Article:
None of the links to individual blog posts from your home page (http://data.london.gov.uk/blogs/anthony-browne) work. Please sort this out - its really not a great first impression.

Thu, 12/16/2010 12:50

Comment submitted by jamiet

As a new start-up I am interested in know how Tech City East will be linked with 'Investment' agencies, angels, banks, VCs etc.

Thu, 12/16/2010 13:32

Comment submitted by Aine McGuire

Two things strike me...

Fast, reliable broadband.  Minimum of 100Mbps symetrical.  Ideally, non-contended.

Cheap, secure housing.  Also with access to fast broadband.


The first should be obvious.  Companies need to shuttle around gigs of data and participate in video conferences.  Going with "up to" 24Mbps just isn't good enough for a busy office.


Secondly, I can't afford to live in London.  The £3K I pay ever year in commuting costs is worth it because the only places I could afford in London would see me stabbed, robbed and vandalised within a week!  I want to live in an area where I'm not afraid that my expensive laptop and phone will be stolen from me week after week.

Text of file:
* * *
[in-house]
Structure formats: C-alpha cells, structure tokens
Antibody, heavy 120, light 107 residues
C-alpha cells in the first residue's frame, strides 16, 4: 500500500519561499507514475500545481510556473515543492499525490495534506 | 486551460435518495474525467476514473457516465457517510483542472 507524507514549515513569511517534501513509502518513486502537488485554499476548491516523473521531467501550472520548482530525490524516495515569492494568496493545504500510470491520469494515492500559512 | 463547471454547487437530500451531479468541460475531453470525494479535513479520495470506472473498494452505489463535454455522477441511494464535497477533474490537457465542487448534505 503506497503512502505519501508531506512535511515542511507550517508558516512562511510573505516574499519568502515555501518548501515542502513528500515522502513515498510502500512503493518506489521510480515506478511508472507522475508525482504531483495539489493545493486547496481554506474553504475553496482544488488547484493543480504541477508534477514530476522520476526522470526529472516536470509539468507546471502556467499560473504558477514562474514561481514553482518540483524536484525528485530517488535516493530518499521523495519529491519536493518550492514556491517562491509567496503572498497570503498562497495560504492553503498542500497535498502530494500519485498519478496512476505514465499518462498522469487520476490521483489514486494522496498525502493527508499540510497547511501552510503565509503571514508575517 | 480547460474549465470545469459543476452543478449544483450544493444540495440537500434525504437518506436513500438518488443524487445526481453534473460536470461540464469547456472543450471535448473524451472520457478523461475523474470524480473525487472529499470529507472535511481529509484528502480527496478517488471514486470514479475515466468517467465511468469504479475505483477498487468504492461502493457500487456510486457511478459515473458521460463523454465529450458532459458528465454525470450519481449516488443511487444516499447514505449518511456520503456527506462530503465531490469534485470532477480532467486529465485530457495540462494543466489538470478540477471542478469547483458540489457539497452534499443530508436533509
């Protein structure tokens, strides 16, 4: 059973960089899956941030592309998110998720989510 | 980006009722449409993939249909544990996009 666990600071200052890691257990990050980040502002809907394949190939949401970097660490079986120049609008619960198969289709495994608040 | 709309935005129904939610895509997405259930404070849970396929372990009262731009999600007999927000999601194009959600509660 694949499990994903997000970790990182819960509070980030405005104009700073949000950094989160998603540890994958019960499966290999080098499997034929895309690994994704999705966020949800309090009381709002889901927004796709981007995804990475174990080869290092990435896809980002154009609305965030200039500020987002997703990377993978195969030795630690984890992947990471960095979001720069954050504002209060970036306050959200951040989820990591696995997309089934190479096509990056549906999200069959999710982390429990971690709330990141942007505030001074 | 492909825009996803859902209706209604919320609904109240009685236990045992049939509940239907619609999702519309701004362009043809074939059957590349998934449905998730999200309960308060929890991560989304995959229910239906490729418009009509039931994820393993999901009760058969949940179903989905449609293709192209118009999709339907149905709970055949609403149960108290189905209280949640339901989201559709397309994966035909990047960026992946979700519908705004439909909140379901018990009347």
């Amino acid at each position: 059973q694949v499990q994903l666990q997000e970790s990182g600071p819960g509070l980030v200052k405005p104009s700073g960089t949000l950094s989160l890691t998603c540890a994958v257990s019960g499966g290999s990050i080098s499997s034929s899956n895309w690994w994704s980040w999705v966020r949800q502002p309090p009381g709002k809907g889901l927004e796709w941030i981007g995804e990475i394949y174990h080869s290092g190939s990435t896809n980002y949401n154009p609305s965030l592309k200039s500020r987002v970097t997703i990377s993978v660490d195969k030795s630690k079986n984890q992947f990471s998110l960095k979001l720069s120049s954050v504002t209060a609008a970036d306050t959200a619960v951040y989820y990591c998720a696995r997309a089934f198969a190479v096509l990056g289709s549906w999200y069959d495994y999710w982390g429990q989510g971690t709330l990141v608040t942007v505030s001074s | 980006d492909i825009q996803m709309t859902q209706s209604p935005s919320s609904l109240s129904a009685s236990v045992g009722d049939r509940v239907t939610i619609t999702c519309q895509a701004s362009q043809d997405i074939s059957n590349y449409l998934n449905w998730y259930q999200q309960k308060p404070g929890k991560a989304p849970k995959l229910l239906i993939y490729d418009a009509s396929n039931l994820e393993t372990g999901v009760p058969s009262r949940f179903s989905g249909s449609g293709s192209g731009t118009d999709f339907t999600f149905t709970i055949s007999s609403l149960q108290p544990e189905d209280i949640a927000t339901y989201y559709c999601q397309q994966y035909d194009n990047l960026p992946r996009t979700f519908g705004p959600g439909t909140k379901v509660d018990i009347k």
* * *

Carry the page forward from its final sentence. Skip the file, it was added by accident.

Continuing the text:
Thu, 12/16/2010 13:42

Comment submitted by Terence Eden

The obious: fast broadband, efficient services, reliable transport, personal security.

The less obvious: leveraging the tech city to create a local community and as a support to it.

Which means that apart from technology, council services should be way above the London average. Take the current weather conditions as an example: a location is the East is fine provided that the main access roads are gritted and that trains can get into it.

I happen to do sports in East London and I must say that sometimes it's scary walking to the tube station. More sensible patrolling is surely needed, but more important are ways to involve the local community - and sustain it in solving any anti-social issues. This should be among the primary goals of a Tech City located in East London.